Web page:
Try-It Tuesday: The Last Door

The recent GOG summer sale didn’t leave me unscathed, as I was tempted into snapping up a few heavily discounted deals, including Cosmic Star Heroine, The Vanishing of Ethan Carter, Epic Pinball, and both of the Last Door titles. I guess I was intrigued about the latter for fairly strong reviews and an interesting graphical style.

In fact, while the indie games industry is ga-ga over pixel art these days (and I’m not complaining, since I love it too!), I can’t recall too many that get, well, THIS pixelated. The Last Door’s art style is chunky and blocky, like early King’s Quest entries or later Atari 2600 efforts. I mean, it’s good for what it is, but I think what works with this is that the lack of fine detail makes the player imagine a whole lot — which is a very useful quality for a horror title.

Which this is, of course. The Last Door is a sort of spooky adventure game set in the late 1800s and dealing with some (pixelated) disturbing imagery and themes. A guy named Devitt is drawn back to investigate some strange goings-on with some former schoolchums of his, and without spoiling too much, let’s just say that an experiment that they performed back at school has had dire consequences and drawn all of them into different forms of madness.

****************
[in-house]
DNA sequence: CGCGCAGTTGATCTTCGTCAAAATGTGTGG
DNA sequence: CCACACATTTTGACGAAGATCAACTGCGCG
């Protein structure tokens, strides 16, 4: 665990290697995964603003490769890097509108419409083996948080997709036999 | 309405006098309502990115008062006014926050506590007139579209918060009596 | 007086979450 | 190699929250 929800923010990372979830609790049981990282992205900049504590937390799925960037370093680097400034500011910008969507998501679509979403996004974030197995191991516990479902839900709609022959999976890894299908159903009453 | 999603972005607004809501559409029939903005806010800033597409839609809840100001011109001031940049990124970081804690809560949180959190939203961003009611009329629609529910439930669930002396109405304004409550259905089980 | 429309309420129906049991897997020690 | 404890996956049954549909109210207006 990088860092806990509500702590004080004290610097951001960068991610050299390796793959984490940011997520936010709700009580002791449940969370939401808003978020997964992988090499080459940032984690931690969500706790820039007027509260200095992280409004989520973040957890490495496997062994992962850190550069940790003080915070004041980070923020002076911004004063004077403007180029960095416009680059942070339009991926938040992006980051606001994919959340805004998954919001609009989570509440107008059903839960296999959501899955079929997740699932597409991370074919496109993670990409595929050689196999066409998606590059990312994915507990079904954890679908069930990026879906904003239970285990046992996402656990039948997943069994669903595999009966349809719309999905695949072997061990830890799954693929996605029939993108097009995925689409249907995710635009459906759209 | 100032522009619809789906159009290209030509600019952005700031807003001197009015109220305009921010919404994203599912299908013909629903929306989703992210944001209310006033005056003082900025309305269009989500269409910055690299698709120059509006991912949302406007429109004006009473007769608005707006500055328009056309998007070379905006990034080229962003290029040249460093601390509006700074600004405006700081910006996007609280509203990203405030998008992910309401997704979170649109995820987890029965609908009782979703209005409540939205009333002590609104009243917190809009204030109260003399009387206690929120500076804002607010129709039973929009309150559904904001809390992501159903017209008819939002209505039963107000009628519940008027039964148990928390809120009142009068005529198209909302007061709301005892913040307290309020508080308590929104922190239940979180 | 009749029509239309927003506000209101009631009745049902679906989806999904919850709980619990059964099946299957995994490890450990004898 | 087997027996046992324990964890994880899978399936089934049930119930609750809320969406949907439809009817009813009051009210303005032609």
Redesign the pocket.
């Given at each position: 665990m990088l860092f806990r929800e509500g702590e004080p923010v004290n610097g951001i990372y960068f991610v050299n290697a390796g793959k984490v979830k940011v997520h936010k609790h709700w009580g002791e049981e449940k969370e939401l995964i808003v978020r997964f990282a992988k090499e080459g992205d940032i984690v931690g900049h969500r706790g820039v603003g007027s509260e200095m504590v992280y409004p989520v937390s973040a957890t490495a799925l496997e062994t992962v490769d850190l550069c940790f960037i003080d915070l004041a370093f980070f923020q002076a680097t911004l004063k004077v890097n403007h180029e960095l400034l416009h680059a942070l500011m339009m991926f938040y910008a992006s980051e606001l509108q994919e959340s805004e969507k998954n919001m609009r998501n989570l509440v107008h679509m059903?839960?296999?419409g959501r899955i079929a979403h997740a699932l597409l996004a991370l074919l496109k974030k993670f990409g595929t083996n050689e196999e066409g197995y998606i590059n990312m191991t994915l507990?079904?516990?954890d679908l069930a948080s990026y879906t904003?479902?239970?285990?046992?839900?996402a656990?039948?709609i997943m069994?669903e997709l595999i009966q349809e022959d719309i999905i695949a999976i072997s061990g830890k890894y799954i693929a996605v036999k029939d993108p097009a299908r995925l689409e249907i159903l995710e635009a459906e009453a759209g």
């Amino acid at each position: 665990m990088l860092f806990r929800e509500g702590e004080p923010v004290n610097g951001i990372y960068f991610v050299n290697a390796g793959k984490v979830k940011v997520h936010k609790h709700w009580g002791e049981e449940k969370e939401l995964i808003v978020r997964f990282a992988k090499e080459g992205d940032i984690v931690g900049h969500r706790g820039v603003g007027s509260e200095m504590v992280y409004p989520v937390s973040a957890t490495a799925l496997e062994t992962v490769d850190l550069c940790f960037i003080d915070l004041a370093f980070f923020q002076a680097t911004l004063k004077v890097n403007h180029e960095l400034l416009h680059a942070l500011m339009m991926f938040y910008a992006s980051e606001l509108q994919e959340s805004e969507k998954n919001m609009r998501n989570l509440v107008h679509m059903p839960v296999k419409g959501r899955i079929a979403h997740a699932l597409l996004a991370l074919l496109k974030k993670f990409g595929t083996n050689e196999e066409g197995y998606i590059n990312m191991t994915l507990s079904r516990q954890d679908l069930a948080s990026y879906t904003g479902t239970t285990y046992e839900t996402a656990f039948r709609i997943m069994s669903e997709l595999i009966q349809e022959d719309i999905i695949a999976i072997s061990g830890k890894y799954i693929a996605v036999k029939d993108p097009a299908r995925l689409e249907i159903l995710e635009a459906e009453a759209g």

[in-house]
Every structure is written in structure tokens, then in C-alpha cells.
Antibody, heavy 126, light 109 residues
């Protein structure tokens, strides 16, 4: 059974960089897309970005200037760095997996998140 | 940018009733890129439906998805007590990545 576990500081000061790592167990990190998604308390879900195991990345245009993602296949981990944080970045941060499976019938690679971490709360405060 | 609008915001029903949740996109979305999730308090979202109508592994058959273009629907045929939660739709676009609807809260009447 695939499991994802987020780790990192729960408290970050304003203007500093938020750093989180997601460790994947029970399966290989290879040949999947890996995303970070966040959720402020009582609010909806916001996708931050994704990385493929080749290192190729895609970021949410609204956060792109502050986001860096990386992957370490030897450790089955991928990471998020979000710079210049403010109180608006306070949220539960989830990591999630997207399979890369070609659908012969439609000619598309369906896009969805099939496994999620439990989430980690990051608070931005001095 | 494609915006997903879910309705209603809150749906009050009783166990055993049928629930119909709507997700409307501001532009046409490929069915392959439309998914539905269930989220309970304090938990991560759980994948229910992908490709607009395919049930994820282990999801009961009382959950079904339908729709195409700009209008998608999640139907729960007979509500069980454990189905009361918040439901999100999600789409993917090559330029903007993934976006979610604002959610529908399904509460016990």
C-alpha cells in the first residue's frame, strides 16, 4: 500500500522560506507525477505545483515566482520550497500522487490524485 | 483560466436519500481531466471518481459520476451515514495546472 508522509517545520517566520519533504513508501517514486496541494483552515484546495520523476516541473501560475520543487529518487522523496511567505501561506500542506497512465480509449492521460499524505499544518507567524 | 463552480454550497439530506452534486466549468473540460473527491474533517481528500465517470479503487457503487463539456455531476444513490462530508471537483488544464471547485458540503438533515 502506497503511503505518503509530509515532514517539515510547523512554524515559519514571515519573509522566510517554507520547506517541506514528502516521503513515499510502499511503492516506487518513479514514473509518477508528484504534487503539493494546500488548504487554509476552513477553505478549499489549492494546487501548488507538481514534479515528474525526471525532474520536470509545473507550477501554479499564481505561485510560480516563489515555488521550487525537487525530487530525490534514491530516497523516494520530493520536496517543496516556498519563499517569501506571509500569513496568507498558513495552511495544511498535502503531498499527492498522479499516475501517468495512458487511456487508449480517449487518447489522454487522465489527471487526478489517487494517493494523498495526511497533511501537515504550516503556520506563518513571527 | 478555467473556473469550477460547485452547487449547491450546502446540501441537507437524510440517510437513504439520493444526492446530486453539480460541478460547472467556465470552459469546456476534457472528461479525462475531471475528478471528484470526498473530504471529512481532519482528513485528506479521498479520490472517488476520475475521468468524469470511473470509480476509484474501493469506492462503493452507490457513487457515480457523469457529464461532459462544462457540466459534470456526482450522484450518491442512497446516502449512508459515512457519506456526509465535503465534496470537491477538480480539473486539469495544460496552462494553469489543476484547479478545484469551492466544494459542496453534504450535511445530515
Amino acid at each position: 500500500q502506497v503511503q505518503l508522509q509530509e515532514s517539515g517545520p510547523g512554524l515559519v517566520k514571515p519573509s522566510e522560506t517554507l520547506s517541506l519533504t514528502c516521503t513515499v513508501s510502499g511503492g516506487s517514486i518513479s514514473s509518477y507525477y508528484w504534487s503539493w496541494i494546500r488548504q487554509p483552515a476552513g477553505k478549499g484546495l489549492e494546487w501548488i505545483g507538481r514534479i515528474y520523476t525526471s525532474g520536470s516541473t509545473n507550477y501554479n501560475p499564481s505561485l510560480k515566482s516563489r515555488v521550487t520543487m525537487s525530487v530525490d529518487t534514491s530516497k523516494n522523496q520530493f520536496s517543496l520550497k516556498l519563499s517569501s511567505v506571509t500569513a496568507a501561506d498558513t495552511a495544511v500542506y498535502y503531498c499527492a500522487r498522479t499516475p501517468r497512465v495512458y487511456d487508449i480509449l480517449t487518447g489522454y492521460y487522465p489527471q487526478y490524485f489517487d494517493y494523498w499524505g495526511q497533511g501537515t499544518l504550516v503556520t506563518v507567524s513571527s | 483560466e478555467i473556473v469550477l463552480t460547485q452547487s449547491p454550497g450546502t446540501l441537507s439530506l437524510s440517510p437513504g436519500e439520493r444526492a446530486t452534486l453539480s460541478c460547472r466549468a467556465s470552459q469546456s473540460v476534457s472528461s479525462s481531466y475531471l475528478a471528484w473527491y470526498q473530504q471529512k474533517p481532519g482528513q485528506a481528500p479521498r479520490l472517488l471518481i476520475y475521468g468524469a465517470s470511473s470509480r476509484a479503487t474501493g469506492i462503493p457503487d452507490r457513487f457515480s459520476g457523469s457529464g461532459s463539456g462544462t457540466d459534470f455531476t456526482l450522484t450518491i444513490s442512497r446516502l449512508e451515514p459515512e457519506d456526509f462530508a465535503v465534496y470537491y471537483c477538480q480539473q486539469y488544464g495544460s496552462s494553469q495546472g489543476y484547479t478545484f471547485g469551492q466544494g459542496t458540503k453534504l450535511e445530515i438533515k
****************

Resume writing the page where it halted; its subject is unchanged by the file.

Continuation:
Plus, there are birds. A lot of birds. A lot of angry birds who are possibly channeling things you don’t want to know about.

Each of the four episodes of the first game run about 30 minutes to an hour, depending on how fast you can figure out the relatively few object puzzles. None of them are that hard, as each episode takes place in a single location (a house, a school-turned-hospital, a city block, and another house). There are even handy shortcuts to quickly transition to the next screen when you’ve already explored that location, which is a nice alternative when you have to backtrack a lot.

So is it scary? Um… sometimes. It’s not the most frightening thing I’ve ever played, and these days I have a pretty low bar for being too scared to play on, but there are a few scenes that made me jump or recoil. A few unexpected smash cuts or creepy things or what have you. I wasn’t too much on edge, as Devitt can’t die or be harmed, so the threat of death isn’t so much present as a cracked doorway into insanity.

The real star is not the visuals, but rather the sound design. The minimalistic music, the odd noises, the use of loud chords at dramatic moments, all of this had a deep impact as I was wearing earphones. One episode even ended with a black screen and nothing but the sound of dirt being shoveled on top of the coffin that trapped you. It was highly effective.

I found myself intrigued and enjoyed what the team did with the art style and the gradually unfolding tale. I suppose my greatest complaint is that the narrative doesn’t really move forward that quickly nor is it resolved by the end of the first game (there’s a whole “Hey, come play the second game to find out what happens!” cliffhanger here, which I did not appreciate even though I own the second game). There are several abstract weird moments that are never explained or put into context, as well as a few moments where scary things happen just to be scary, I guess.

For about two hours of play, The Last Door delivered on an interesting enough experience that I didn’t feel cheated out of the 99 cents that I spent on it, and if that’s not a ringing endorsement, I don’t know what is. Now I guess I’ll have to dip into the sequel, if only to find out how all this ends.

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